Since that year, the IRS has investigated more than two hundred organizations, and determined that sixty-two were in violation. Three nonprofits lost their tax exemption and fifty-nine received warning letters, with some ordered to pay an excise tax.

PND News - IRS Accused of Investigating Churches for Political Activity

PND News - IRS Accused of Investigating Churches for Political Activity

An Internal Revenue Service threat to revoke the tax-exempt status of All Saints Episcopal Church in Pasadena, California, because of an antiwar sermon delivered there during the 2004 election cycle has some watchdogs saying it's part of a larger federal effort to suppress political activity at churches and nonprofit organizations, the Los Angeles Times reports.

17 July 2006

The Japan Times Online - Better schools trump caste preferences

The Japan Times Online - Better schools trump caste preferences

Better schools trump caste preferences


BOMBAY -- The United States has long been divided over what it calls "affirmative action," a system of racial preferences intended to overcome the lingering consequences of slavery and discrimination against black Americans. India is now becoming divided in much the same way, and for much the same reason -- the emerging system of "reserved places" aimed at redressing centuries of caste discrimination.

Arindam Chaudhuri is honorary dean at the Indian Institute of Planning and Management and editor in chief of Business & Economy Magazine. His most recent books are "Count Your Chickens Before They Hatch" and "The Great Indian Dream."
Copyright 2006 Project Syndicate (
The Japan Times
(C) All rights reserved

25 June 2006

ABLE: On-Line GED Lesson Plans

ABLE: GED Lesson Plans

Lesson Plans

As part of the national training project sponsored by the GEDTS and USDOE, trainers were required to submit a lesson developed based on their training. The criteria were pretty simple develop interesting, GED level lessons that covered three or more content areas of the test. This approach is recommended by the GEDTS. Some of these lessons are included in the binders made available through AdvancE.

Taking this project to the state level, the people trained in Pennsylvania have been required to develop similar lessons. We will begin making these available, as well, through the ABLEsite. Our goal is to post two or three new lessons each week over the next month or two (so check back here often). The hope is that GED instructors will be able to use these to help transition their instruction to adapt to the changes in the GED exam. Also, these should serve as a good example for staff to use in developing lessons on topics that will be particularly interesting to themselves and their learners.

All lessons follow a similar format. Each indicates which content areas are covered as well as the skill level to be developed. The lesson plans also provide objectives, required materials, an outline and script for the lesson plus possible extension or follow-up activities.

If you have any questions, requests, or comments, please contact Chuck Klinger at (717) 248-4942 or

24 June 2006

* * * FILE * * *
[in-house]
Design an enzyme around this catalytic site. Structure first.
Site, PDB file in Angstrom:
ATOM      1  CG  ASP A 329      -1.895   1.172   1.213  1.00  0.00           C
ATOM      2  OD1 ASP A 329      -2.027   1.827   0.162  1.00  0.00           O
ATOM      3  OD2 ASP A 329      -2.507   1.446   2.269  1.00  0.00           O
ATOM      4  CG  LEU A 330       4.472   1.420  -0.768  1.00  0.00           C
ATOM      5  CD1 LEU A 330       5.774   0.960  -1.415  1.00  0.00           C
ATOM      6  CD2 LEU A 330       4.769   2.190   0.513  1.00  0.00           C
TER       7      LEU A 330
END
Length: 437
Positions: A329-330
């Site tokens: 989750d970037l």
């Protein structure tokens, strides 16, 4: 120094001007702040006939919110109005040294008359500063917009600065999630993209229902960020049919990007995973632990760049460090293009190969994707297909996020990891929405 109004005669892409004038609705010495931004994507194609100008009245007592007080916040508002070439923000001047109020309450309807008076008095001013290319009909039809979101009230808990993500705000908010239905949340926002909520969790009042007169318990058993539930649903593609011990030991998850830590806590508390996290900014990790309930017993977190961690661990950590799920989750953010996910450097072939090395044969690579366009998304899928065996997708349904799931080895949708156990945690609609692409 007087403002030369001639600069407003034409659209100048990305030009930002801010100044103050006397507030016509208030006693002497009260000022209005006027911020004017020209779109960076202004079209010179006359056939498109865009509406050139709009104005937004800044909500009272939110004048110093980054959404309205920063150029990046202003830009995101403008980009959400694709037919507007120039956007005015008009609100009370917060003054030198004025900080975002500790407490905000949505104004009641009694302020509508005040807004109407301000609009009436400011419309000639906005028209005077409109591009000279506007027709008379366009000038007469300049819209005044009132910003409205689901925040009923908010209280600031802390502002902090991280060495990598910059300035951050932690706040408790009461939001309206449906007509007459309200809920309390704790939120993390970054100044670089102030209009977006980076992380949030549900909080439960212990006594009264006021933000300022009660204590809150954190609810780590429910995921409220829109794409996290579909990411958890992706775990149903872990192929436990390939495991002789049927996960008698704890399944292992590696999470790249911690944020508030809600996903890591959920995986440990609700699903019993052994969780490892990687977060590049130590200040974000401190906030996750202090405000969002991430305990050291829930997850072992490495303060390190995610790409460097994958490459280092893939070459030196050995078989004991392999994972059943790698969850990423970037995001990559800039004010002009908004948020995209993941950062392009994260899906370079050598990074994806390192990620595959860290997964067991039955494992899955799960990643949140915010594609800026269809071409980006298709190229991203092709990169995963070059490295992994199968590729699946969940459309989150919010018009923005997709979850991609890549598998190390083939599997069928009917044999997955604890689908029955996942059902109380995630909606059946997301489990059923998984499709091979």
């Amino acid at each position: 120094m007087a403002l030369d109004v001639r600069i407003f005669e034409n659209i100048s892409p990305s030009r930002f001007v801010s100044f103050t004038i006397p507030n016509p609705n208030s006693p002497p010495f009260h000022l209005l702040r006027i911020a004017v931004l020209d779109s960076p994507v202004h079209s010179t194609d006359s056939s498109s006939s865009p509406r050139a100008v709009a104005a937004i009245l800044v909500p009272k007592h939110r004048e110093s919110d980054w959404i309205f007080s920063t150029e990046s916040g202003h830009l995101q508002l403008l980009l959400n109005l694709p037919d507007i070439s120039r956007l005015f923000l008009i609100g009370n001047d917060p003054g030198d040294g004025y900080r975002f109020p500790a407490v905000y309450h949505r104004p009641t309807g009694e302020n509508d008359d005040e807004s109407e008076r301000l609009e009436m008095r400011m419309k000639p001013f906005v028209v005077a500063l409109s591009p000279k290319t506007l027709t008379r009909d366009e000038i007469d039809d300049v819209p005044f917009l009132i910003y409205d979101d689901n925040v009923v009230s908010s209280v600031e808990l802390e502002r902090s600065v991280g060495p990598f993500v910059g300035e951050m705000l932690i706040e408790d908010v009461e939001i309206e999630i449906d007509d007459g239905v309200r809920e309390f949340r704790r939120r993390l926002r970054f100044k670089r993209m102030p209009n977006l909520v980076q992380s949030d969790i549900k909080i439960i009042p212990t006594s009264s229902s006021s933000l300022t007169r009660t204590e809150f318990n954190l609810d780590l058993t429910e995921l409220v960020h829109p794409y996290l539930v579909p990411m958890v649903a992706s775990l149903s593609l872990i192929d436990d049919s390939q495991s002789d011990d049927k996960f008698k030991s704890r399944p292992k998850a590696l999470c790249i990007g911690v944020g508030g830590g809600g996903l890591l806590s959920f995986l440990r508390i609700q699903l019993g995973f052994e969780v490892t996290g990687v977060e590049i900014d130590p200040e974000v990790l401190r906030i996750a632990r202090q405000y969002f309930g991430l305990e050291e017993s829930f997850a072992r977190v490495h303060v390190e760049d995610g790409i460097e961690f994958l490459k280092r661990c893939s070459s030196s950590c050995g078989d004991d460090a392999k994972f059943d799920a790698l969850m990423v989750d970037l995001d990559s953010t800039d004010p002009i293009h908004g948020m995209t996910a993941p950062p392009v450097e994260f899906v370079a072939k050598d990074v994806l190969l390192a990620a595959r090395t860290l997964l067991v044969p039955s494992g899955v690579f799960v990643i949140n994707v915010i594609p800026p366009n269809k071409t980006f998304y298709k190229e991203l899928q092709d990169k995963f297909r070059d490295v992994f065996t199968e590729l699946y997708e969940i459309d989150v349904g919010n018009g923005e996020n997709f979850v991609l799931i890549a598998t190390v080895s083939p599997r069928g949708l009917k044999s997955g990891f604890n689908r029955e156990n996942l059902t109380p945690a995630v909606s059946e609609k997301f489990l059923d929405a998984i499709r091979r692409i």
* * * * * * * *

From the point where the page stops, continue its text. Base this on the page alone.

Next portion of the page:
Adolescence and the Transition to Adulthood: October 18-19

A detailed schedule of Chapin Hall’s upcoming research and public policy conference is now available. Read the complete conference program and a list of speakers.

Co-sponsored by The MacArthur Research Network on Transitions to Adulthood and Public Policy, the conference will feature experts discussing the challenges faced by young people in the transition to adulthood. Programs will be held on young adults with health and mental health needs, youth with disabilities, immigrant youth, and youth involved with the criminal justice and child welfare systems. Laura Sessions Stepp, who writes about adolescence issues for The Washington Post, will give the keynote address.

The conference takes place at the University of Chicago's Gleacher Center in downtown Chicago. The 2004 conference filled up quickly, so register now to secure your spot!

Learn more about the conference and register online.

A limited number of discounted hotel rooms has been reserved at the Allerton Crowne Plaza for October 18. To get the special rate, make your reservation by September 18 and ask for the 'University of Chicago-Chapin Hall Center for Children' rate. To make your reservation, call (312) 440-1500."

Diplomas Count!

"Diplomas Count, the first in a new annual series from Education Week, finds large gaps in graduation rates across racial and ethnic groups, and by gender.
The report, released Tuesday, June 20, provides detailed data on graduation rates for the 2002-03 school year, the most recent data available, for all 50 states and the District of Columbia, and in the nation's 50 largest school districts.
The online version of the report includes 'State Graduation Reports,' containing policy indicators related to important graduation-rate issues as well as state-level graduation rates for specific subgroups, broken out by race and gender.
View your state graduation report.
The report is supported by the Bill & Melinda Gates Foundation." Articles Articles: "City Job Agency Lets Go of 55 Employees

By Jane M. Von Bergen
The Philadelphia Inquirer
June 12, 2006

Employees in agencies that help welfare recipients find work will soon be looking for work themselves, as federal and state funding cutbacks pinch budgets and force layoffs.

On June 8, the Philadelphia Workforce Development Corp., which funnels state and federal money to agencies that provide workforce training to the unemployed and to people on welfare, handed layoff notices to 55 of its 260 employees.

Two weeks ago, 84 pink slips went to caseworkers, job coaches, job developers and community liaison counselors at Jewish Employment and Vocational Service, a Center City social-service agency that provides training and support services to people on welfare.

Read the full text of the Philadelphia Inquirer article here.